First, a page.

M.S. candidate Sarah Jancuska is taking courses and working up the wealth of data she collected during the field season in Patagonia back in February-March of this year. Right now, Sarah is focused on compiling statistics from the measured stratigraphic sections (e.g., bed thickness, degree of bed amalgamation, etc.) to test ideas about the degree of large-scale confinement, or ponding, of these turbidite deposits.

Ph.D. candidate Cody Mason is TAing the course I’m teaching this semester, Seismic Stratigraphy, and working on the project he’s doing with Virginia Tech faculty Jim Spotila on the Late Cenozoic tectonic evolution of the Coachella Valley region of southern California. Cody, Jim, and their co-authors will be presenting at AGU in December highlighting some new helium thermochronology data.

Finally, my colleague here at Virginia Tech, Ken Eriksson, and I have a new Basin Research paper in press just this week that estimates sediment flux of a ~325 million-year-old river system sourced in the Alleghanian Orogeny mountain belt (the remnants of which are the Appalachian Mountains). We use a remarkable succession of prodeltaic tidal rhythmites as a high-resolution chronometer and make calculations of sediment load and yield. The figure below (Fig. 8 from the paper) compares our range of estimates with a database of modern rivers (Milliman and Farnsworth, 2011).


Uncertainties in these estimates arises from the true total duration of the stratigraphic interval of interest as well as inferences about the size of the paleo-catchment. However, even with conservative uncertainty ranges incorporated, the paleo-flux of this ancient river system is comparable to modern river systems such as the Fly, Po, and Eel. With the sediment yield estimates we then calculate denudation of the long-gone Alleghanian Mountains, which agrees with denudation estimates from independent methods. We suggest that such paleo-sed flux estimates can, in certain types of systems, provide additional insight into surface process response to tectonics in deep-time archives.

Review paper on signal propagation in sedimentary systems by Romans et al.

I’m pleased to announce the publication* of a comprehensive review paper of signal propagation concepts in sedimentary system analysis in the journal Earth-Science Reviews. My co-authors and I initiated the idea for this review way back in the spring of 2013. The notion that tectonic and climatic changes can be recorded in erosional landscapes and the depositional record as ‘signals’ for geologists to extract and examine has been around for decades, if not centuries. However, more recent ideas concerned with how such signals move through the landscape — and with that movement, how the signal of interest may lag, be dampened/amplified, or even destroyed — deserved a synthesis in our opinion.

The illustration below is the first figure of the paper and an attempt to summarize the idea of signals and signal propagation conceptually and schematically. We focus on sediment supply as the main ‘carrier’ of signals from source to sink.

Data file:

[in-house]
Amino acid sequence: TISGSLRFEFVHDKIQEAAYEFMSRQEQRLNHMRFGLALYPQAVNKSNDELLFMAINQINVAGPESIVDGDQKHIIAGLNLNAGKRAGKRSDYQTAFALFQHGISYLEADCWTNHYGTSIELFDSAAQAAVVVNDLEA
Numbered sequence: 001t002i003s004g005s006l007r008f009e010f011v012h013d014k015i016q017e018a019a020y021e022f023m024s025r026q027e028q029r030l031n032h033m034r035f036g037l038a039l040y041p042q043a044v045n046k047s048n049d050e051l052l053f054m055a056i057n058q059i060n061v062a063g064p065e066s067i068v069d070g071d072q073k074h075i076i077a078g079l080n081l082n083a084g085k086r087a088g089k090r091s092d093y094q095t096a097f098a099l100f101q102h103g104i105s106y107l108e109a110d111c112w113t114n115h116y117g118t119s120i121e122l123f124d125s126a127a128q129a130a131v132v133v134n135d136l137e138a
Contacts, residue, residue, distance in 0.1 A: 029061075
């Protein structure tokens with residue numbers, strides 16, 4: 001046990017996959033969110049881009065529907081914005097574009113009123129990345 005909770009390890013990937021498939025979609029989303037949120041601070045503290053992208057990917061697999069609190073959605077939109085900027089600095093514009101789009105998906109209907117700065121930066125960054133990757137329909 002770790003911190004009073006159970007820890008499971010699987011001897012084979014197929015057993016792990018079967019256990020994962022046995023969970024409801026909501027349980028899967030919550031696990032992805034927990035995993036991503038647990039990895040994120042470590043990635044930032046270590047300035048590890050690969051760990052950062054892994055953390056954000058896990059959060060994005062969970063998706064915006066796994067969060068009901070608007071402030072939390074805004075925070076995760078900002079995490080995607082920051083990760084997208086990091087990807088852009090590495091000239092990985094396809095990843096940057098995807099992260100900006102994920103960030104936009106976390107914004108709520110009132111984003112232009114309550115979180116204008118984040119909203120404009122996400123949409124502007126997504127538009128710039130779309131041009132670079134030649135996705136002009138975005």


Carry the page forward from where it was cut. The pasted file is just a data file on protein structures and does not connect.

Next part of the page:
We don’t set out to solve all the problems and answer all the questions related to signal propagation in this review. Rather, our aim is to present the ‘state of the art’ and identify the most interesting questions to a broader Earth science readership with the hope that researchers in overlapping fields (e.g., geomorphology, climatology, oceanography, tectonics, ecology, biogeochemistry, and many more) find some value in our perspective.

You can find a link to the paper on the Publications page.

* this is the online early (‘in press’) version of the paper, which has a DOI and can now be cited

Summer 2015 Update

It’s getting hot and humid here in Blacksburg, so summer is in full swing. The Sedimentary Systems Research group is scattered a bit as three of the four graduate students (Sarah Jancuska, Neal Auchter, and Cody Mason) are away doing internships in Texas. I saw them and many other colleagues/friends at the recent AAPG conference in Denver, which turned out to be a very good meeting for us. Cody and Sarah both presented posters and Neal gave a great talk.

Master’s candidate Kristin Chilton is here this summer and she is neck-deep in sample preparation for her project. Kristin is building on a preliminary dataset that undergraduate researchers (all now graduated) and I generated to examine the variability in abyssal bottom-current intensity across the Eocene-Oligocene Transition (~34 Ma). Kristin added to this dataset this spring and the preliminary results suggest there is a change that corresponds with the transition, but (as always) it may not be as straightforward as we predicted. She will be working this summer to prep many more samples for grain-size analysis to better constrain the problem.

I am heading to the NOC (National Oceanography Centre) in Southampton, UK, next week to give a talk and work with some collaborators on this same Eocene-Oligocene Transition effort. Following that, I’ll be attending the IODP (International Ocean Discovery Program) Science Evaluation Panel meeting in Brest, France.